The outcome for this adventure was somewhat uncertain since my goal was to access Bog Pond from the north where there are no trails leading to it. Actually, there are no hiking trails to this body of water from any direction! However, from the east, the pond is accessible by walking several miles on snowmobile trails from the area of North Woodstock, NH, or by bushwhacking for a considerable distance beyond the end of the Georgiana Falls Trail.
To achieve my goal of accessing Bog Pond from the north, I decided to explore an abandoned roadway off the east side of the Kinsman Ridge Trail (KRT) about a hundred feet north of where the trail crosses Eliza Brook. On previous visits to this area, I've noticed that this old corridor heads southward. It has always intrigued me as to whether it could be followed all the way to Bog Pond which lies less than a mile south of the KRT.
My overall route of travel for this trek is highlighted on the map below. It involved hiking the Reel Brook Trail to meet up with the Kinsman Ridge Trail which I hiked northward to Eliza Brook where I then went off-trail onto the abandoned roadway that heads southward for about one mile to Bog Pond.
|Map showing overall route of travel for this trek|
To cut to the chase, the abandoned roadway does indeed lead to Bog Pond. And, it was generally in good shape for the majority of the way. However, there was a short segment which was a bit confusing near the beginning. But the corridor soon became very apparent again by staying on the east side of Eliza Brook, and by maintaining a southward bearing. It should also be noted that there was a swampy section of several hundred feet which required a short bushwhack through the woods adjacent to the roadway.
Shown below is a typical portion of the old corridor that was followed between the Kinsman Ridge Trail and Bog Pond.
|A typical portion of old corridor between the Kinsman Ridge Trail and Bog Pond|
Regarding the purpose that the abandoned roadway once served, I suspect it was used as a logging road. However, it's also possible that it was built as an access road used in conjunction with erection of the high voltage transmission line that runs through this area.
It might also be of interest to know that the old roadway ends at a point along a snowmobile trail where it curves and then heads across Bog Pond (when it's frozen, of course!).
My explorations were pretty much limited to the vicinity where the old roadway ends. It is exceptionally difficult to walk around the perimeter of the pond since it is extremely boggy. There is a good reason why it's named Bog Pond! Once the ground freezes, it should be relatively easy to do more extensive explorations of other portions of the pond.
And so, what did I see once I reached Bog Pond? My views across the pond were looking in a SSW direction. Mt. Wolf (3,478 ft) dominated the scene. The photo below shows is a panorama of the view I experienced. Surprisingly enough, the power lines were barely noticeable from my location at the pond. But upon close examination of the right/center portion of the next photo you can see the faint glint of wires to the left of Mt. Wolf.
|Panorama view looking SSW across Bog Pond. Mt. Wolf is the prominent mountain at right of photo|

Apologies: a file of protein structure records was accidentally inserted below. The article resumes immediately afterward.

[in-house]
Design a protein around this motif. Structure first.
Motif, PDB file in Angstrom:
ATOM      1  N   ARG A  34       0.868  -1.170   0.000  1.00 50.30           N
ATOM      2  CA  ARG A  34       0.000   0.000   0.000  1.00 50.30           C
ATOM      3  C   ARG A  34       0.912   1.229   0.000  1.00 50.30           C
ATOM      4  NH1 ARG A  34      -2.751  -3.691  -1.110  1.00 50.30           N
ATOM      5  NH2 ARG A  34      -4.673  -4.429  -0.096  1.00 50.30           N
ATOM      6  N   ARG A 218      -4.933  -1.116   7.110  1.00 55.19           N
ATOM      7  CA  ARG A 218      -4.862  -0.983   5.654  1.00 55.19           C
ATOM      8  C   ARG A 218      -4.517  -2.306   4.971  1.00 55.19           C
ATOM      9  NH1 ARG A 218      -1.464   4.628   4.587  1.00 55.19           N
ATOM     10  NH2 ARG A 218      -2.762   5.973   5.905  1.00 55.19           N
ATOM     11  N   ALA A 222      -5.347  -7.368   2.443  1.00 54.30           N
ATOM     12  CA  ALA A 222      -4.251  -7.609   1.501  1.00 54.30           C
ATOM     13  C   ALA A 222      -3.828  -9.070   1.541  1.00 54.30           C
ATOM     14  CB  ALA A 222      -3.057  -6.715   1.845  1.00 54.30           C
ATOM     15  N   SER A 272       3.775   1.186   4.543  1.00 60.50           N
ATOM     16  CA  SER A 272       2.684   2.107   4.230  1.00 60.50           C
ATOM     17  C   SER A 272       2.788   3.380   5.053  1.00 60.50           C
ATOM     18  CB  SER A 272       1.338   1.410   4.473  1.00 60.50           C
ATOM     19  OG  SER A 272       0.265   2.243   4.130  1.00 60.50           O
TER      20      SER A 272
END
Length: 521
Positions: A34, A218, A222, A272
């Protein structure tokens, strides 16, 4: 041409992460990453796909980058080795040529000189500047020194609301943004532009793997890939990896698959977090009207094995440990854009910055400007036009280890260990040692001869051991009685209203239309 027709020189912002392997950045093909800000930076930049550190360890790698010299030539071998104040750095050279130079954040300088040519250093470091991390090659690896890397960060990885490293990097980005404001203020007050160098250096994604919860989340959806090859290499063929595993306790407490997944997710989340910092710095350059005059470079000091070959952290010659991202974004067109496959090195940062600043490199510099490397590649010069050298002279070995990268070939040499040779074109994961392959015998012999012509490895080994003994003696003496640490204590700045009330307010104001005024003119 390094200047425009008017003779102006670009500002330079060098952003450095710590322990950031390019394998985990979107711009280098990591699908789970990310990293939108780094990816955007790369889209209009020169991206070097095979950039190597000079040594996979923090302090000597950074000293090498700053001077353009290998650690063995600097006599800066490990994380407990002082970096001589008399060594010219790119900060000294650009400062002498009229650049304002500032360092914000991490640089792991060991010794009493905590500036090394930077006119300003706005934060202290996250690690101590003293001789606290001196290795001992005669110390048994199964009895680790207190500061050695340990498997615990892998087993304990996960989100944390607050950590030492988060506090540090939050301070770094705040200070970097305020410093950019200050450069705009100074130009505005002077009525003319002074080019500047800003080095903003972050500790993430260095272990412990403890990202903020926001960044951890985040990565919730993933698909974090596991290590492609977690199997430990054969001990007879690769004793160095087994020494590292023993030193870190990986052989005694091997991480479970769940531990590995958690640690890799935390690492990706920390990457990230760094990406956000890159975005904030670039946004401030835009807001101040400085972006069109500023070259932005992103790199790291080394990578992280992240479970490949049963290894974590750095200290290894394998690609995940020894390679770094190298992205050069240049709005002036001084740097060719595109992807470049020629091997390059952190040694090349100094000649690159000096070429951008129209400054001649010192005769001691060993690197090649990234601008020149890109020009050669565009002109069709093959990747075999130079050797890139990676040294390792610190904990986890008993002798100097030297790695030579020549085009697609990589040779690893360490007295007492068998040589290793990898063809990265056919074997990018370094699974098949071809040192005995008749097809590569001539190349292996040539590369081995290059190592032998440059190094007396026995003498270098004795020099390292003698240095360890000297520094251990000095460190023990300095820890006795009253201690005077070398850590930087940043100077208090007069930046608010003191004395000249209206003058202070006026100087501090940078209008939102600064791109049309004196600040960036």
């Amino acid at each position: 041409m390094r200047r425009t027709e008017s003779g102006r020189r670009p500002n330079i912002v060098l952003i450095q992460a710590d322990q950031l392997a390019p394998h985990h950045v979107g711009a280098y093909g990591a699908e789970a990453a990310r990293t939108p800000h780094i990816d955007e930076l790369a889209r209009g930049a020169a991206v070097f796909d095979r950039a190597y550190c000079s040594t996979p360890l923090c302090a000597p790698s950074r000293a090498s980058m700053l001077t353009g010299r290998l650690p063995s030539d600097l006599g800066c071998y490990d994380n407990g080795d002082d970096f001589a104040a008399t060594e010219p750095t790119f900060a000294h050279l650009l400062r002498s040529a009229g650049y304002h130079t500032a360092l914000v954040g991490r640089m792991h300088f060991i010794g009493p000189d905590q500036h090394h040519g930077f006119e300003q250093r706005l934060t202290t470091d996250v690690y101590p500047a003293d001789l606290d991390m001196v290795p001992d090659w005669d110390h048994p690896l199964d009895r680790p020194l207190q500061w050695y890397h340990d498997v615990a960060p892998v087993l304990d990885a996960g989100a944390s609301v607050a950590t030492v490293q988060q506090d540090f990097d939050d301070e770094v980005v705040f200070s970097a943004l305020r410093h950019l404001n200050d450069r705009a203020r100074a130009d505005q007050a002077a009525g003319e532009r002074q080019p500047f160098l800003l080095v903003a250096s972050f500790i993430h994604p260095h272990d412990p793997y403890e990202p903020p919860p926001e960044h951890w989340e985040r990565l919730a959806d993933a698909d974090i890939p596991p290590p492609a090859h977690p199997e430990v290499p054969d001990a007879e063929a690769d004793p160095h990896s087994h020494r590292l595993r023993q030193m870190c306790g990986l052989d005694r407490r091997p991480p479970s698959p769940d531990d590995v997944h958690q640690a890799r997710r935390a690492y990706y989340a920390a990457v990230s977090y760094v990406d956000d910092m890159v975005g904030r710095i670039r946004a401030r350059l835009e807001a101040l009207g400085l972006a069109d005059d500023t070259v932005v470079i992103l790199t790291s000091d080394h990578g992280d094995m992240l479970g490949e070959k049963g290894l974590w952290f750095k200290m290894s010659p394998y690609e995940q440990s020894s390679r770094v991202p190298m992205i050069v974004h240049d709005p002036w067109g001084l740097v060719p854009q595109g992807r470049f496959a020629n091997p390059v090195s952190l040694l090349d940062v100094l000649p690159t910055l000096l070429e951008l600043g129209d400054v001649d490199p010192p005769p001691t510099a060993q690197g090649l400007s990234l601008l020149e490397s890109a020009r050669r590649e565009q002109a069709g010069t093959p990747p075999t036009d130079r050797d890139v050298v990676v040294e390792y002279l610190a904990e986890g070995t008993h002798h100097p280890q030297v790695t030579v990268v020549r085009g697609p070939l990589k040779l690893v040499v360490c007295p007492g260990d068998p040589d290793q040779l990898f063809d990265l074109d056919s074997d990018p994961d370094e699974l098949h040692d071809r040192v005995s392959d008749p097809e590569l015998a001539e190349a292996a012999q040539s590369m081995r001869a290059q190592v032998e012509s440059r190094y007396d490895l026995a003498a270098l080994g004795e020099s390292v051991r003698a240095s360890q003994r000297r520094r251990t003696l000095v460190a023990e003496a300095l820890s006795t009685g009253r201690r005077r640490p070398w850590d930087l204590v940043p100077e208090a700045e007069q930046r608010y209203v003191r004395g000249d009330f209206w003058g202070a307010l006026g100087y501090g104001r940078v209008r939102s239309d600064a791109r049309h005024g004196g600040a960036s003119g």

The next photo is
|A zoomed view of Mt. Wolf, as viewed across Bog Pond|
The next photo shows nothing in particular. I just happened to like it, and decided to share it. Since the trees surrounding Bog Pond are mainly conifers, this might be about as "autumn-like" as it's ever going to be at this location. Regardless, Bog Pond should be proud of its staging and the show it put on. The underbrush along the shore had an autumn hue, and the leaves had become colorful on the smattering of hardwoods scattered here and there. Plus, its water was bluer than blue on the day of my visit!
|A segment of beautiful Bog Pond|
Besides the views looking across the pond, I also managed to get a nice view of South Kinsman (4,358 ft). However, getting this view required some tedious maneuvering that involved treading carefully on the sponge-like surface surrounding the pond, as well as pushing my way through some tight thickets of conifers.
In addition to the fine views experienced at Bog Pond, there were other noteworthy sights that were seen over the course of this trek. For example, while hiking along the Reel Brook Trail, I came across the trailside scene shown in the next photo. Lighting conditions just happened to be perfect for accentuating the vivid colors in this little vignette.
|Vivid colors at a spot along the Reel Brook Trail|
Along the way, I also made a short side-trip to the Eliza Brook campsite where I snapped a photo of the lean-to shelter at this location.
|Lean-to at Eliza Brook campsite|
Shortly after the junction of the Reel Brook Trail and Kinsman Ridge Trail you come to the power line swath. If you can manage to somehow ignore the power lines, the eastward view is quite pleasant.
|View looking eastward from the power line swath near the junction of the Reel Brook Trail and Kinsman Ridge Trail|
To sum it up, approaching Bog Pond from the north is an alternative to walking the snowmobile trails from the North Woodstock area; or bushwhacking beyond the end of Georgiana Falls Trail. Although Bog Pond was my sole target for this particular day, it would make a nice side-trip when hiking along the Kinsman Ridge Trail to other destinations.